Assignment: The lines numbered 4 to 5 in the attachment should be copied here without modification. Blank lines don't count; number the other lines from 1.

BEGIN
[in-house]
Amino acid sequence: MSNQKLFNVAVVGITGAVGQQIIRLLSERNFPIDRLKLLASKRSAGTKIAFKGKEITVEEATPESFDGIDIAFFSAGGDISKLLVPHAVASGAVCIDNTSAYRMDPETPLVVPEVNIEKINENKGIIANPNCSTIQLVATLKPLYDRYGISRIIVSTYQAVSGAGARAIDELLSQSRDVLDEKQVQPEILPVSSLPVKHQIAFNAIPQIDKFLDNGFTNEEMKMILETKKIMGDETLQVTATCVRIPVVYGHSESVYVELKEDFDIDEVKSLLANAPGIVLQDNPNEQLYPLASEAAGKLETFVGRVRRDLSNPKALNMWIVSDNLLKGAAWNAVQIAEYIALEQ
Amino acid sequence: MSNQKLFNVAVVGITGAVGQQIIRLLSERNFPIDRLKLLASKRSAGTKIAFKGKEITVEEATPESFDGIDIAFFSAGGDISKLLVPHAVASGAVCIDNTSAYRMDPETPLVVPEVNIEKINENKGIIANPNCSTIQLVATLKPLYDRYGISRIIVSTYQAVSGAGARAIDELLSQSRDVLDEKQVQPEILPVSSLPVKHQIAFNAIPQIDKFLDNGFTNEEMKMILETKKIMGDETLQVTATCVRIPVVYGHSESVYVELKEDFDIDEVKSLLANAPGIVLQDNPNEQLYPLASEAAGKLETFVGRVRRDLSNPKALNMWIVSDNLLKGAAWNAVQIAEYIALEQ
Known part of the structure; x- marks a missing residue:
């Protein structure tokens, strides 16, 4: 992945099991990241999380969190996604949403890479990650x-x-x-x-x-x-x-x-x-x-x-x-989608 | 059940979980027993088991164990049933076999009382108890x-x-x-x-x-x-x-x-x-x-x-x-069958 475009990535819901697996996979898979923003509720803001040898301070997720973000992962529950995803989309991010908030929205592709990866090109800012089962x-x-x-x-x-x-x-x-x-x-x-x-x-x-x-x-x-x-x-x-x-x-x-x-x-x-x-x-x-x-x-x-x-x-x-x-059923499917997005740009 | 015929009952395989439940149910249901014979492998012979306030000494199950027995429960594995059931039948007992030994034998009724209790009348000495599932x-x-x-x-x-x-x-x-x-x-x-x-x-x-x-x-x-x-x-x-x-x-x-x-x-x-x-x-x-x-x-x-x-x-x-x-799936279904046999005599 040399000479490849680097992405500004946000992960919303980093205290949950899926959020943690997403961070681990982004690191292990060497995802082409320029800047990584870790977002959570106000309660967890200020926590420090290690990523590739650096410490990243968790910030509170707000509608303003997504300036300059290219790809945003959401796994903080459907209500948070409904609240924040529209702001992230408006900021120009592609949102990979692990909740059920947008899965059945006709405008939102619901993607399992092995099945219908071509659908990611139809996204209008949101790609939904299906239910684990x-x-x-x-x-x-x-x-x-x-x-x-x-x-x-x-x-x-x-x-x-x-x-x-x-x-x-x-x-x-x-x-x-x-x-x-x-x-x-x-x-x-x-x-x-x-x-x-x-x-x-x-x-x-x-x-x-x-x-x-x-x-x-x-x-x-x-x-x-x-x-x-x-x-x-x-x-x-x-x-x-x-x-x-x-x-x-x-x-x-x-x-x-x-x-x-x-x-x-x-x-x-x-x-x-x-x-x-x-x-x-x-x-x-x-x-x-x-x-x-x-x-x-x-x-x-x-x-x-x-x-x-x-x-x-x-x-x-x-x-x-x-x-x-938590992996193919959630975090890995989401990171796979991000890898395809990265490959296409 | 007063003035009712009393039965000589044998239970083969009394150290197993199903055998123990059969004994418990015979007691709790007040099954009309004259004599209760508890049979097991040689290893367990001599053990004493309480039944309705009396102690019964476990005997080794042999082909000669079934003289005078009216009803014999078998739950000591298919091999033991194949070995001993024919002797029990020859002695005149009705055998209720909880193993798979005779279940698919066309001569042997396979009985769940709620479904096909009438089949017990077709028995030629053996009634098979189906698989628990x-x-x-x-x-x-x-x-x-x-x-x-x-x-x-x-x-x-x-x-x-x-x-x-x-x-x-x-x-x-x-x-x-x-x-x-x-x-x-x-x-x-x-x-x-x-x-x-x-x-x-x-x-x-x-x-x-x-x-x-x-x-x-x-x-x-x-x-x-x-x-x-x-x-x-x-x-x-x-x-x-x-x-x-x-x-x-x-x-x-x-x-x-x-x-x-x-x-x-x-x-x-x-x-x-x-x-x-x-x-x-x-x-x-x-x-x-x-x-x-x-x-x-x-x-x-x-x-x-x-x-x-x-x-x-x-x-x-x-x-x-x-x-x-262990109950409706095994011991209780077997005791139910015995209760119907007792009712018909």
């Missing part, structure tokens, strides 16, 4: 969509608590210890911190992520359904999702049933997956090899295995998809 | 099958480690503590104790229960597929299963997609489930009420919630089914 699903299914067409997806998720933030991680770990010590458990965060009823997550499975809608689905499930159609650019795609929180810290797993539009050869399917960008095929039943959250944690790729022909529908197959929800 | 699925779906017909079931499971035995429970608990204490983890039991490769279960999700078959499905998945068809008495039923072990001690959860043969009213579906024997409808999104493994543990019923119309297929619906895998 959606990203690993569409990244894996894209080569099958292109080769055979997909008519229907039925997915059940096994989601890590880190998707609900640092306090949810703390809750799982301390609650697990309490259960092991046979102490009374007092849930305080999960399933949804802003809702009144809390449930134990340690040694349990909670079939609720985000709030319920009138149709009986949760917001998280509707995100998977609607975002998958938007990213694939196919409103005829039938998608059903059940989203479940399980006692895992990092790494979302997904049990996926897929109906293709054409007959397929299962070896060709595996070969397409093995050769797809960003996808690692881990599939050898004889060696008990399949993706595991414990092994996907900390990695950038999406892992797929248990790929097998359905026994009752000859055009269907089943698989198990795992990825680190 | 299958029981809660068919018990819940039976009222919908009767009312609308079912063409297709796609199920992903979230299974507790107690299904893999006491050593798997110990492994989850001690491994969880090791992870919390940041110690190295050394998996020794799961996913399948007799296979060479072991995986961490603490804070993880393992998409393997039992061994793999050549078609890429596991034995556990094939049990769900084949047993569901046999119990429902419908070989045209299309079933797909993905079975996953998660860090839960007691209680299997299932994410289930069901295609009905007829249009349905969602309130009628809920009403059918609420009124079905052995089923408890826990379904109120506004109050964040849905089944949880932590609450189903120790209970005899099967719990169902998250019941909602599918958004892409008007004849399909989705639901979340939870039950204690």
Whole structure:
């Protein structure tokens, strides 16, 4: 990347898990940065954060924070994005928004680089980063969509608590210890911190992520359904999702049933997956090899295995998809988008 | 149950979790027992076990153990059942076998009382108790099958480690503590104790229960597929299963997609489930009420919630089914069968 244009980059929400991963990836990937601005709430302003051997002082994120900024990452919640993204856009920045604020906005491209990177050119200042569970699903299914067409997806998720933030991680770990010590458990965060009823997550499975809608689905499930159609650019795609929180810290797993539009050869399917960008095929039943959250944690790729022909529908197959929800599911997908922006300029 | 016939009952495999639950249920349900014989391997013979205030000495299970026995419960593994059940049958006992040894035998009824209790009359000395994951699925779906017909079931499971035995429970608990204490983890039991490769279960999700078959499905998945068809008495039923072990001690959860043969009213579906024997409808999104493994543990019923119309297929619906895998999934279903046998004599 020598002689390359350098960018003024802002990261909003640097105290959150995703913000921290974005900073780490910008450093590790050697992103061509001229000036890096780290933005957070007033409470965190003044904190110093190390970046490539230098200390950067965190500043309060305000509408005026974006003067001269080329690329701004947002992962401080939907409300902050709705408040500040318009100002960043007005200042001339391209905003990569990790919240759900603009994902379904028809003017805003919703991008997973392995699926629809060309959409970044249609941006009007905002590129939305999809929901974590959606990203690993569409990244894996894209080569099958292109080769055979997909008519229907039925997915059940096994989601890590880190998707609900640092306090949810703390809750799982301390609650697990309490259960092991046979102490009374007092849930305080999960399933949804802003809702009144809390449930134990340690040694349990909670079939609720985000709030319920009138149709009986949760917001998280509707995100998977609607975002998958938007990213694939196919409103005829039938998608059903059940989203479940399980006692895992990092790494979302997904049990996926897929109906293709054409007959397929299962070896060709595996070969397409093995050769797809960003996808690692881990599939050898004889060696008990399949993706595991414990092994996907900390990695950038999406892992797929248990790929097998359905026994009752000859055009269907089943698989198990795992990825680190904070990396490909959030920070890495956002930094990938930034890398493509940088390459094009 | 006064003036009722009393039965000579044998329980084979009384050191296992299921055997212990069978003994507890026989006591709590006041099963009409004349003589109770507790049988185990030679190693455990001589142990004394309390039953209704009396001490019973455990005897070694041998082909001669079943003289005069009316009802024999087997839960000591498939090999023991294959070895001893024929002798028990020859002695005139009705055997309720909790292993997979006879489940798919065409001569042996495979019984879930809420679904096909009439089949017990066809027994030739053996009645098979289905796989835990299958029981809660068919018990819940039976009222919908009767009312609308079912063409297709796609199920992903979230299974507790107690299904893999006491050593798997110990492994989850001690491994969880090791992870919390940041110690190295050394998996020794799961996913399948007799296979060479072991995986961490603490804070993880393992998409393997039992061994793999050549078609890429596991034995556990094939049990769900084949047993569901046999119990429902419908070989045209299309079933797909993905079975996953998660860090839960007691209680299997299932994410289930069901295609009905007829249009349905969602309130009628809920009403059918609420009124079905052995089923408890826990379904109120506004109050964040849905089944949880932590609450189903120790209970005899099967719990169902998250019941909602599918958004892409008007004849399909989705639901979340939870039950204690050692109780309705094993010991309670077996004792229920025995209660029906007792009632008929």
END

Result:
Known part of the structure; x- marks a missing residue:
């Protein structure tokens, strides 16, 4: 992945099991990241999380969190996604949403890479990650x-x-x-x-x-x-x-x-x-x-x-x-989608 | 059940979980027993088991164990049933076999009382108890x-x-x-x-x-x-x-x-x-x-x-x-069958 475009990535819901697996996979898979923003509720803001040898301070997720973000992962529950995803989309991010908030929205592709990866090109800012089962x-x-x-x-x-x-x-x-x-x-x-x-x-x-x-x-x-x-x-x-x-x-x-x-x-x-x-x-x-x-x-x-x-x-x-x-059923499917997005740009 | 015929009952395989439940149910249901014979492998012979306030000494199950027995429960594995059931039948007992030994034998009724209790009348000495599932x-x-x-x-x-x-x-x-x-x-x-x-x-x-x-x-x-x-x-x-x-x-x-x-x-x-x-x-x-x-x-x-x-x-x-x-799936279904046999005599 040399000479490849680097992405500004946000992960919303980093205290949950899926959020943690997403961070681990982004690191292990060497995802082409320029800047990584870790977002959570106000309660967890200020926590420090290690990523590739650096410490990243968790910030509170707000509608303003997504300036300059290219790809945003959401796994903080459907209500948070409904609240924040529209702001992230408006900021120009592609949102990979692990909740059920947008899965059945006709405008939102619901993607399992092995099945219908071509659908990611139809996204209008949101790609939904299906239910684990x-x-x-x-x-x-x-x-x-x-x-x-x-x-x-x-x-x-x-x-x-x-x-x-x-x-x-x-x-x-x-x-x-x-x-x-x-x-x-x-x-x-x-x-x-x-x-x-x-x-x-x-x-x-x-x-x-x-x-x-x-x-x-x-x-x-x-x-x-x-x-x-x-x-x-x-x-x-x-x-x-x-x-x-x-x-x-x-x-x-x-x-x-x-x-x-x-x-x-x-x-x-x-x-x-x-x-x-x-x-x-x-x-x-x-x-x-x-x-x-x-x-x-x-x-x-x-x-x-x-x-x-x-x-x-x-x-x-x-x-x-x-x-x-938590992996193919959630975090890995989401990171796979991000890898395809990265490959296409 | 007063003035009712009393039965000589044998239970083969009394150290197993199903055998123990059969004994418990015979007691709790007040099954009309004259004599209760508890049979097991040689290893367990001599053990004493309480039944309705009396102690019964476990005997080794042999082909000669079934003289005078009216009803014999078998739950000591298919091999033991194949070995001993024919002797029990020859002695005149009705055998209720909880193993798979005779279940698919066309001569042997396979009985769940709620479904096909009438089949017990077709028995030629053996009634098979189906698989628990x-x-x-x-x-x-x-x-x-x-x-x-x-x-x-x-x-x-x-x-x-x-x-x-x-x-x-x-x-x-x-x-x-x-x-x-x-x-x-x-x-x-x-x-x-x-x-x-x-x-x-x-x-x-x-x-x-x-x-x-x-x-x-x-x-x-x-x-x-x-x-x-x-x-x-x-x-x-x-x-x-x-x-x-x-x-x-x-x-x-x-x-x-x-x-x-x-x-x-x-x-x-x-x-x-x-x-x-x-x-x-x-x-x-x-x-x-x-x-x-x-x-x-x-x-x-x-x-x-x-x-x-x-x-x-x-x-x-x-x-x-x-x-x-262990109950409706095994011991209780077997005791139910015995209760119907007792009712018909």